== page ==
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Consumer Privacy & Protection Joanna Acocella May 22, 2007.

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1 Consumer Privacy & Protection Joanna Acocella May 22, 2007

2 What’s the big deal?  Sensitive information is required to meet the customers’ demands for services and products.  Consumers have an expectation that their information will not be shared without their consent.  Identity theft and data breaches are on the rise.  Consumers, investors, public policy-makers & the media have taken notice of these trends. We have legal and ethical obligations to protect customers’ privacy. Honoring that commitment enhances the consumers’ experience.

3 Why is privacy a hot topic for us?  Demographics  Dramatic increase in credit based products  Role of schools and lenders as credit counselors  Federal program requirements  Security breaches of school networks  Fines, fees and fallout

4 Social Security Number Fundamentals  Intended to track individual earnings  Technically authorized for use only by IRS, banks and state governments  Not illegal for private industry to use as an identifier  Most commonly used identifier for record keeping systems and data exchanges in the US  Legal to refuse services to customers who refuse to provide it  Highly effective in predictive modeling for fraud prevention  Only way to access credit information

5 Federal Laws Gramm-Leach-Bliley Act (GLB)  Obligates financial institutions to protect the confidentiality of consumers’ non-public personal information (NPI)  Establishes standards for security, protection and confidentiality of NPI Privacy Act of 1974  Restricts the use and disclosure of SSNs by federal agencies Fair Credit Reporting Act (FCRA)  Restricts disclosure of consumer reports except for specified permissible purposes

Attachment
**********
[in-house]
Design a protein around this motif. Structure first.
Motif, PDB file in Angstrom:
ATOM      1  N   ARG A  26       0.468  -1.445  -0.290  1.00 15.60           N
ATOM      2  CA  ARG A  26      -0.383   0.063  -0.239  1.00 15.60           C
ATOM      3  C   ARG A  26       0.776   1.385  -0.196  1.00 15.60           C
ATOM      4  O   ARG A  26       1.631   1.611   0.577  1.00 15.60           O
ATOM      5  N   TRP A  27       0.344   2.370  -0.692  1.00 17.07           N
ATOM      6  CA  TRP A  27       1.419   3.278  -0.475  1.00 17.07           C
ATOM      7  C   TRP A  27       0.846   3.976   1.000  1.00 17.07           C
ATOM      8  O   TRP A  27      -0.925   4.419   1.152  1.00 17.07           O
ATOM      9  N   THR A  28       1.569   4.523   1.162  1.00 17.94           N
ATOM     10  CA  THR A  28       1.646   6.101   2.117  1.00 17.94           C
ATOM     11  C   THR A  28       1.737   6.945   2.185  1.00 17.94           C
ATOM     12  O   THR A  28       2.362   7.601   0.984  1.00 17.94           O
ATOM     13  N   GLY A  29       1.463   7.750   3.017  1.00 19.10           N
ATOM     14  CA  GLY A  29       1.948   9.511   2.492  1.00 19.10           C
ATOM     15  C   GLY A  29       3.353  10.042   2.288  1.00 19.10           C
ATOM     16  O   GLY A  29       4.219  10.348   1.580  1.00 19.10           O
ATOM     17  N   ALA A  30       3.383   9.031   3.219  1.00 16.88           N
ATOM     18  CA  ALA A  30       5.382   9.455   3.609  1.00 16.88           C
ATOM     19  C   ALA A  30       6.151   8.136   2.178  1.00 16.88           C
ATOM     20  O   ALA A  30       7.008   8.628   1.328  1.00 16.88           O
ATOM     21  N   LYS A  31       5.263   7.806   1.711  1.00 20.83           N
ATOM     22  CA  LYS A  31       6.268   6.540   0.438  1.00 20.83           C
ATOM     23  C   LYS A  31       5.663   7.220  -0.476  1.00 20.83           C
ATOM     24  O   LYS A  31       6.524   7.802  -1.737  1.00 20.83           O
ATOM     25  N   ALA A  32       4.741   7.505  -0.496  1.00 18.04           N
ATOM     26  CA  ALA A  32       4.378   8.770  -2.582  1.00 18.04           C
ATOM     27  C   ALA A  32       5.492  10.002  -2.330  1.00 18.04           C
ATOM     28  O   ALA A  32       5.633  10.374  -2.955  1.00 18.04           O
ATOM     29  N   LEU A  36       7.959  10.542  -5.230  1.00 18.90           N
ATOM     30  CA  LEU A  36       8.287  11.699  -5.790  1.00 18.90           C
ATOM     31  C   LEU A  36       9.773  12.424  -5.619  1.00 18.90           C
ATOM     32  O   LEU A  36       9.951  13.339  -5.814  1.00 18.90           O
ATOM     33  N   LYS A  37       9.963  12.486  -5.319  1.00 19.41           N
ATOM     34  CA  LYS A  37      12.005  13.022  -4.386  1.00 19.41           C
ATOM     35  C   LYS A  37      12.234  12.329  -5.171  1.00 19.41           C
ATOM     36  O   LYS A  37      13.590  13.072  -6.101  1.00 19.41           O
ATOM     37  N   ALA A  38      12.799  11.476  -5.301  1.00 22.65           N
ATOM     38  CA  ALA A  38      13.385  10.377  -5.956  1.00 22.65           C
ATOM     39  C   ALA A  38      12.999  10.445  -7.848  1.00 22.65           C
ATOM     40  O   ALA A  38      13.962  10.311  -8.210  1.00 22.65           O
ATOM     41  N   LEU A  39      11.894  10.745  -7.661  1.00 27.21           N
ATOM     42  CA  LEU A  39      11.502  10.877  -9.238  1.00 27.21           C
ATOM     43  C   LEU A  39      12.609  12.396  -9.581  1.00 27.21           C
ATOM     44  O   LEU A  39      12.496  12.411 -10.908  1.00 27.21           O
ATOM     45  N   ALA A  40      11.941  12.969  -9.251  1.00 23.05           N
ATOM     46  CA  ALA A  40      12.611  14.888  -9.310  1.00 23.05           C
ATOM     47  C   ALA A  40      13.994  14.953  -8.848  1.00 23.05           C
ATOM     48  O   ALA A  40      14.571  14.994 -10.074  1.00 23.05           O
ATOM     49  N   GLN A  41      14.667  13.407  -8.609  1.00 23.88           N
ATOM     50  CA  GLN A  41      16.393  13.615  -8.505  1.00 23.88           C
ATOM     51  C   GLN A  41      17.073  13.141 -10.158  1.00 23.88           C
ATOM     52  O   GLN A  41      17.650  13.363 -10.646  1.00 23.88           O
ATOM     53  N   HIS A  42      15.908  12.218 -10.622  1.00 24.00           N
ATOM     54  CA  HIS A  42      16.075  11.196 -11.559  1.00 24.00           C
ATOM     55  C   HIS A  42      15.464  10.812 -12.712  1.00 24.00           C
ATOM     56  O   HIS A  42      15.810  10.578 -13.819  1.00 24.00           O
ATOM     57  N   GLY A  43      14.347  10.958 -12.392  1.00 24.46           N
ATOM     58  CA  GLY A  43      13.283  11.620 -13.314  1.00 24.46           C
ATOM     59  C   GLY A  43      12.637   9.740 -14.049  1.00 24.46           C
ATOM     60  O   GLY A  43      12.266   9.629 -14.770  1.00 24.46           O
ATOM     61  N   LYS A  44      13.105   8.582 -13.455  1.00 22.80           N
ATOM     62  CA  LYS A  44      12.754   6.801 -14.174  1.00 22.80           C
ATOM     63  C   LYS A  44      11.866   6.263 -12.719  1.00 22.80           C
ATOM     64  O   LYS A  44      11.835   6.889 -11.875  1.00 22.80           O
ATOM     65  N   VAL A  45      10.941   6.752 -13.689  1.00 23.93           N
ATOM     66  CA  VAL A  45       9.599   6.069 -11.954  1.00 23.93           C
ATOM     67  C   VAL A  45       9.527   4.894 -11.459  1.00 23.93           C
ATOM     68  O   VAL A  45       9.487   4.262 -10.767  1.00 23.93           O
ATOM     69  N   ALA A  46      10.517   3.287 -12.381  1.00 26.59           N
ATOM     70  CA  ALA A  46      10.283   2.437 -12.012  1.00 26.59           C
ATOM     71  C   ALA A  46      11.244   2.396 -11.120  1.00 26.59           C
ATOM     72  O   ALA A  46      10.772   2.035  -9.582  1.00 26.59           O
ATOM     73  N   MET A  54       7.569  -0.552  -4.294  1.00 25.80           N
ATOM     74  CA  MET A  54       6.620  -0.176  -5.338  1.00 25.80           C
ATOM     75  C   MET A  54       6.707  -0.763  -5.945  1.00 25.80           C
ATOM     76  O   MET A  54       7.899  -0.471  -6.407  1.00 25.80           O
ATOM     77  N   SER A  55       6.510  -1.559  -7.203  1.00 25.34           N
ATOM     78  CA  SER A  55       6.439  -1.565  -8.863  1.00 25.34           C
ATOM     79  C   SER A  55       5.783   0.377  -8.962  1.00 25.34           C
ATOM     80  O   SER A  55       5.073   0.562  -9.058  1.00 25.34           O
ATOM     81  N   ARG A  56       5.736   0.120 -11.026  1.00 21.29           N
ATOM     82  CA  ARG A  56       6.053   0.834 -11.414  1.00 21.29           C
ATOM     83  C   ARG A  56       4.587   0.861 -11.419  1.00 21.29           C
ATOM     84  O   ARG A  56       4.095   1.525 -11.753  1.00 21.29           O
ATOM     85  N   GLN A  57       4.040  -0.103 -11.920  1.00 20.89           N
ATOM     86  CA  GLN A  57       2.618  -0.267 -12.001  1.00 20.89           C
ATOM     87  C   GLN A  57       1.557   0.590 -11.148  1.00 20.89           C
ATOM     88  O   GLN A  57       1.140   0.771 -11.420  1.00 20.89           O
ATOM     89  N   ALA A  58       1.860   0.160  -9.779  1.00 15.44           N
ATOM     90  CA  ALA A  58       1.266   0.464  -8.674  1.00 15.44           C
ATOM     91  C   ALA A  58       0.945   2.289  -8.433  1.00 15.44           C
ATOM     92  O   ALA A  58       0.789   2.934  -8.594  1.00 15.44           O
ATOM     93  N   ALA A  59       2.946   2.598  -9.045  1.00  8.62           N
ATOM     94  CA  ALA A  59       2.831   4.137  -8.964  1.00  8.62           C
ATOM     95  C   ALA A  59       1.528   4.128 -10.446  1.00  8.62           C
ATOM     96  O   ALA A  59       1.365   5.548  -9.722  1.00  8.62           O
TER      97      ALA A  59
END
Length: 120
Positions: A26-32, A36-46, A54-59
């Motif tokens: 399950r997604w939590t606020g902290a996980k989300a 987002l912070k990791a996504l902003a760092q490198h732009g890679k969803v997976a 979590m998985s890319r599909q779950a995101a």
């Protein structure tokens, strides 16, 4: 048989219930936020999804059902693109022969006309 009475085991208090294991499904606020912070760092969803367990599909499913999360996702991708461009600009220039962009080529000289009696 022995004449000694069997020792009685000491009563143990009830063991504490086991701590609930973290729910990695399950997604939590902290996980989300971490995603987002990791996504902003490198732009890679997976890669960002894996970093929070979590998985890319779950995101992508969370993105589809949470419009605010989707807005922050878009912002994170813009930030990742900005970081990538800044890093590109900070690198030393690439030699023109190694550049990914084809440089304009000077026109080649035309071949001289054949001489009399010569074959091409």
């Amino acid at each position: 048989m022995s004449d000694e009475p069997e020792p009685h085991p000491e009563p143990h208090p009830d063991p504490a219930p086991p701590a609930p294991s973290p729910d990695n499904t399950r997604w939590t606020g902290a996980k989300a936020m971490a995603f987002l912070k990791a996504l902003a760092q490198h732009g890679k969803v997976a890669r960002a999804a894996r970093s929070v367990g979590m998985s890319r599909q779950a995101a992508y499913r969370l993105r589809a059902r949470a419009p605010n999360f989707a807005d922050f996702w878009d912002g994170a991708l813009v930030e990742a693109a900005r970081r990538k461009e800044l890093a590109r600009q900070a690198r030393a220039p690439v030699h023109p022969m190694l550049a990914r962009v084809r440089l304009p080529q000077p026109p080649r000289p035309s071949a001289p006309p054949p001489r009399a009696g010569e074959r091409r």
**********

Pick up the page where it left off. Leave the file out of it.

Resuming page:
6 Federal Laws Fair and Accurate Credit Transactions Act (FACT Act)  Enhances identity-theft prevention  Further restricts information sharing and reuse provisions of the FCRA Bills Introduced in the 110 th Congress  11 deal with cyber security  93 address security of personal information  56 propose new rules for information security  18 tackle data security

7 Potential Federal Measures  Implementing uniform national notification standards to preempt more than 30 current state laws  Granting primary authority over data providers and privacy matters to a single federal agency  Requiring company officers to certify adequate data security measures  Creating standard credentialing procedures for customers of data information providers  Prohibiting use of SSNs as identifiers and/or authenticators in private industry  Banning the sale of SSNs

8 Potential Federal Measure …. Leahy-Specter Personal Data Privacy and Security Act of 2007:  Applies to companies that have personal information on 10,000 or more U.S. persons  Requires a data privacy and security program, including: controlling risks, employee training, vulnerability testing, service provider contractual accountability, and periodic assessment against current threats  Imposes a fine of $5,000/day up to a total of $35,000/day while violations persist (more for “willful violations”)  Mandates GSA evaluation of Government contractor security

9 Don’t Forget the States ….. California’s SB-1386 “Any person or business that conducts business in California, and that owns or licenses computerized data that includes personal information, shall disclose any breach of the security of the system following discovery or notification of the breach in the security of the data to any resident of California whose unencrypted personal information was, or is reasonably believed to have been, acquired by an unauthorized person.”